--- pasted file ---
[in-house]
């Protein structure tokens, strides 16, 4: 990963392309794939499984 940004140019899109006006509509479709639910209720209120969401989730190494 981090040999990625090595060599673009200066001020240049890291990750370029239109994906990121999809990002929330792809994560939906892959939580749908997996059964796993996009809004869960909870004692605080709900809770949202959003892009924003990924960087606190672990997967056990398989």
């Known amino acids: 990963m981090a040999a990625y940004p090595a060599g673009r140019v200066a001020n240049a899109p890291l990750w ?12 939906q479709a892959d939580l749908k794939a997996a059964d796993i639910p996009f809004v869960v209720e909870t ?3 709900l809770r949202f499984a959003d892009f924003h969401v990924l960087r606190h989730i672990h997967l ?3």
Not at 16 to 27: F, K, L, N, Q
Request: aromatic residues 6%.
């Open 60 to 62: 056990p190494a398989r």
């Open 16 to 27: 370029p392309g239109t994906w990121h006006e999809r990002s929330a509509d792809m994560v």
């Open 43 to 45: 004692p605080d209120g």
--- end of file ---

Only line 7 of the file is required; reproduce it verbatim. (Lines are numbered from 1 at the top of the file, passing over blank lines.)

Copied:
């Open 16 to 27: 370029p392309g239109t994906w990121h006006e999809r990002s929330a509509d792809m994560v």